Most of the slum dwellers are unemployed or work in undeveloped extra-legal economies. Why aren't the rich in Makati 'exploiting' the nearby slum dwellers by making them work for low, but higher than pre-existing, wages? The answer: The government makes it illegal for them to do so.

Under conditions of capitalist freedom, the shores of Manila Bay would be de-socialized ( 'privatization' is misleading) and the residential community living nearby would own shares to it. The squatters, since they are also victimized by government intervention, could also be given shares, albeit less since they are 'late-comers'. The government would not be paid anything. Voluntary arbitration (not political pull) would settle the matter with equal representation of the two groups and conflict easily relieved. Private property is the best means man has discovered to solve conflicts. A society, for it to be considered civilized, must recognize it.

To contrast, 130,000 families are going to be driven to the streets just so to waste tax-payers money on cleaning up the shores of Manila Bay, unproductive land which will eventually accumulate pollution in the future. Not only is this insensitive, it is un-capitalist and uncivilized.

Sunday, April 3, 2011

Should the Government Regulate the Financial Markets?

A summary of a debate between Walter Block and Richard Squire. The video can be found here

The modern banking system is based on fractional reserves which is government sanctioned fraud. It is therefore anti-capitalist.

Richard Squire:

1. Creditors of banks are not as vigilant as creditors of other agencies so a bank-run on one bank means a bank run on all banks.

2. Private credit rating agencies do not have the incentives.

3. Insider trading: Block argues that insider trading is arbitrary, no real victim, unenforceable, and stops information from being reflected in prices. But regardless, inside traders will create volatility in the market to make money.

4. Block will argue that corporations could ban insider trading in their charters. But there is no empirical support for this.

Walter Block:

1. Government is immoral because it forces people to pay taxes and it won’t allow you to secede. If it won’t allow you to secede then you’re a slave. Government is inefficient because it can’t go bankrupt. FEMA wouldn’t allow any help to come in. They killed 1500 people. Are they still in business? Yes. So we shouldn’t have a government at all because its immoral and inefficient. If the government shouldn’t exist at all then they shouldn’t intervene in anything.

2. Financial markets are too important for the government to intervene in them. If we really should have government intervention, let it be in the production of paper clips and rubber bands. One half of every trade is money so financial industry is very important. The Fed is a Soviet central planning board. A gold standard would mitigate volatility. The reason we have bank runs is fractional reserve banking. Fiat money, legal tender and FDIC are all bad.

3. Yes, FDIC prevents bank runs by creating money galore but this will cause hyperinflation.

4. There is no market failure if there is no market to begin with. So the solution is to remove the government intervention that created the problem in the first place.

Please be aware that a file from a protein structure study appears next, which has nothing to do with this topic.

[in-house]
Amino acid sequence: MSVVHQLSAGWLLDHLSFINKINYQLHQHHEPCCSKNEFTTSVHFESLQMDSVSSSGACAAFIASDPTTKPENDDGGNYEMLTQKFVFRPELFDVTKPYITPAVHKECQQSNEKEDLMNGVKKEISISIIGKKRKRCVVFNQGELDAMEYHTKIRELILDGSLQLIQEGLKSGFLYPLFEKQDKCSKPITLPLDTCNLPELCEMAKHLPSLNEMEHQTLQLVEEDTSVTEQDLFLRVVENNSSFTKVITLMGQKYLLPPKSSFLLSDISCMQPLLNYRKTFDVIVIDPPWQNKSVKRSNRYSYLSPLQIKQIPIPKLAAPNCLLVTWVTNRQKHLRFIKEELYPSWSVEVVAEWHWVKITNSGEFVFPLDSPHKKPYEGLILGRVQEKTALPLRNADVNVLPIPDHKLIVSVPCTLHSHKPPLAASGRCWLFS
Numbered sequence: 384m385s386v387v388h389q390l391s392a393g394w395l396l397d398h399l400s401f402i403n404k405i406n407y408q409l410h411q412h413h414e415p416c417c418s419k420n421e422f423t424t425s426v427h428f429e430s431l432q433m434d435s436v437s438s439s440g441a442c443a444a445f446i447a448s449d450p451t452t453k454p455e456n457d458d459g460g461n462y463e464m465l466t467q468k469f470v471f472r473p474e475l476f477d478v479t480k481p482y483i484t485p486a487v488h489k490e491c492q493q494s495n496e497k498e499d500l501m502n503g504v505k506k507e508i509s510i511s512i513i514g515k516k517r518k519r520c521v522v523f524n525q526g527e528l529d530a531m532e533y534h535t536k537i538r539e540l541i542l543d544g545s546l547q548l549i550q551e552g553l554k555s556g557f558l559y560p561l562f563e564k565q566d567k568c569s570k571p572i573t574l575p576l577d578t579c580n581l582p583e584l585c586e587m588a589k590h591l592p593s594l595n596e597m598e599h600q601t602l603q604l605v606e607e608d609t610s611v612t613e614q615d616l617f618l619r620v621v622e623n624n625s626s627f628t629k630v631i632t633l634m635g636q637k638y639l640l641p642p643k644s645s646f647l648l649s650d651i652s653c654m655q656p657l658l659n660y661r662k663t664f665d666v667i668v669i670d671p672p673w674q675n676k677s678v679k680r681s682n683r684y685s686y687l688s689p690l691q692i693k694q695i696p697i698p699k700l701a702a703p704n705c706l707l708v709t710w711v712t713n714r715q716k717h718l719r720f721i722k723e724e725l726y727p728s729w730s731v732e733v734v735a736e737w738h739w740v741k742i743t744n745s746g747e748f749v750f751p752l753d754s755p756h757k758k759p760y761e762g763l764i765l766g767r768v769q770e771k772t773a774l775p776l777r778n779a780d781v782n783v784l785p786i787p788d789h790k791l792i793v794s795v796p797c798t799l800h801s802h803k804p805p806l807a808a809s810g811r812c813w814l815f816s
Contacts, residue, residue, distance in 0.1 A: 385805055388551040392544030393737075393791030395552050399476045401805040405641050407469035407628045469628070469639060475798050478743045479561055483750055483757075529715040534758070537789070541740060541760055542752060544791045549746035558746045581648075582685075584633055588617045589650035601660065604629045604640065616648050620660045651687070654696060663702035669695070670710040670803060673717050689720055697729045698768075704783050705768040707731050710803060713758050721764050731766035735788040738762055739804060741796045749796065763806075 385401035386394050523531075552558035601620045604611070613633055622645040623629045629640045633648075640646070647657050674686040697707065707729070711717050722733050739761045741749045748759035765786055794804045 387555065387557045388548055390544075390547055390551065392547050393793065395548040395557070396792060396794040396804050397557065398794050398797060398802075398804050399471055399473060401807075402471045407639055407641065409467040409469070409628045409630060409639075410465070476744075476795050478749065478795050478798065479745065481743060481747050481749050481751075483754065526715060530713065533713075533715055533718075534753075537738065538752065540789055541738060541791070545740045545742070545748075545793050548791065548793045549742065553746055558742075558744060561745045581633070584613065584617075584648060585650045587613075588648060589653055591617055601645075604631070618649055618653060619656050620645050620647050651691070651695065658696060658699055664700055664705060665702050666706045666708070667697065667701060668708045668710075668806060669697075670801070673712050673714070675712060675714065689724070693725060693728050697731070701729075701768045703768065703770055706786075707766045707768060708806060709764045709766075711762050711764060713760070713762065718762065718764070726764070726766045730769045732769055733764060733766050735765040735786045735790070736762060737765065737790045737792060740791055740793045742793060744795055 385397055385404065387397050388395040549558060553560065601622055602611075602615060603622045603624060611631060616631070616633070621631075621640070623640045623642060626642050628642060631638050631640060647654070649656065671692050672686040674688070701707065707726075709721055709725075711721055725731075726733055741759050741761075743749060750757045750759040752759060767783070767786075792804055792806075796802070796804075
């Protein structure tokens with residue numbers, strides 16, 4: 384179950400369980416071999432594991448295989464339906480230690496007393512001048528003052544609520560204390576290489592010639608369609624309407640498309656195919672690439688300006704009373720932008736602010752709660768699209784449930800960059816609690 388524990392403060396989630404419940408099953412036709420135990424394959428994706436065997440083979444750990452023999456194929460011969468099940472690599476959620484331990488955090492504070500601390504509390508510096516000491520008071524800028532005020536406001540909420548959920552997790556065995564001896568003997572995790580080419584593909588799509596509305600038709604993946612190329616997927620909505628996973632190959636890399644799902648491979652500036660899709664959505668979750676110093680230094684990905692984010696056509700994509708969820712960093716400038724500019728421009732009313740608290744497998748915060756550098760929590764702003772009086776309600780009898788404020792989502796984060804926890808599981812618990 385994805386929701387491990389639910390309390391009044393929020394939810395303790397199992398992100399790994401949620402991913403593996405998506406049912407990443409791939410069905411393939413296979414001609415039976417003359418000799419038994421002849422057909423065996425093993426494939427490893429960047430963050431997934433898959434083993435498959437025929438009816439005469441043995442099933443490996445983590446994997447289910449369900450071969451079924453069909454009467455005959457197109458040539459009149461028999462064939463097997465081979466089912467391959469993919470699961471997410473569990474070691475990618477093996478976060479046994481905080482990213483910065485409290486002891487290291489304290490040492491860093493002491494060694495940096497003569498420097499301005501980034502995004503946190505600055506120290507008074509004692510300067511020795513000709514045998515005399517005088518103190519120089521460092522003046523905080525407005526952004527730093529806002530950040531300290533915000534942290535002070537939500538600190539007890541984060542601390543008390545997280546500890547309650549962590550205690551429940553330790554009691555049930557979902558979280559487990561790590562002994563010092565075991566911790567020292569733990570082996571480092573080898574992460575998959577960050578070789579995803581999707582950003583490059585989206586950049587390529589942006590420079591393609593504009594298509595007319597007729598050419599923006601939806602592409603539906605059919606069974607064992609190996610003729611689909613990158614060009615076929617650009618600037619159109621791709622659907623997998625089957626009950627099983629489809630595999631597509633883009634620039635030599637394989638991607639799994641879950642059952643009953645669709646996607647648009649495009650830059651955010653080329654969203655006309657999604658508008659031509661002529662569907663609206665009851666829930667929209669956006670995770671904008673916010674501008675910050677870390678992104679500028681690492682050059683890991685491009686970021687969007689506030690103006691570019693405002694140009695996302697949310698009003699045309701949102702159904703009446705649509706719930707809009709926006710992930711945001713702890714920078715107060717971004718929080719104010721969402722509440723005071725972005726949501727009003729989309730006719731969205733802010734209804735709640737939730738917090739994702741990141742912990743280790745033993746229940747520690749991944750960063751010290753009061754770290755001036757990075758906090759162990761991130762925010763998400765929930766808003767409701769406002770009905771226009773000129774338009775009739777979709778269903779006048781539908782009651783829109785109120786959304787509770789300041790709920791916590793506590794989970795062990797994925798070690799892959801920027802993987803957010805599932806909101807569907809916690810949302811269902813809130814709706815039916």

5. If the fact that ordinary individuals are not sophisticated enough to regulate banks themselves is the reason we should have government intervention in the financial markets then we should have government intervention in all areas of the economy as well since we are not sophisticated in most things which are not related to our hobby or occupation.

6. The volatility of the stock market before and after the inception of the Fed is very different. The Fed causes the instability.

7. ABCT – Fed misallocates resources by lowering interest rates. The debate is monetary or fiscal intervention. Fiscal Keynesianism versus monetary Keynesianism.

8. Insider Trading: Michael Milkin: He is the private solution to market volatility. The CEO high salaries were possible by giving lower dividends to shareholders so the stock price plummeted. Michael bought shares and kicked out the CEOs. But the government put him in jail.

9. Market rating agencies: Government influenced the credit rating agencies.

Richard Squire:

1. ‘Road to Serfdom’ theory is not empirically founded. Europe has a lot of political freedom even while being increasingly interventionist.

2. Empirical evidence trumps your reduction ad absurdum.

3. Fractional Reserve Banking existed before fiat money. It is the government that limits FRB by requiring minimum reserves. FRB is what private banks naturally want to do.

4. Takeover artists like Milkin are going to be banned by corporate charters.

5. There are a lot of takeover artists who were not jailed.

Walter Block:

1. Reduction ad absurdum is good because it challenges the premises.

2. He called me an ideologue but aren’t we all ideologues since we study ideas.

3. The government looks good when you only look at one-half institution. Anything that the government does cannot be justified because its based on coercion.

4. If you jail one takeover artist then that sends a signal to other takeover artists.

5. FRB implies bank run because its instantaneous debts are greater than its instantaneous assets. It’s only got 100 bucks and has a 190 outstanding so it ought to be allowed to be bankrupt but the government is protecting it.


Why haven’t we had free market anarchism if it’s so good?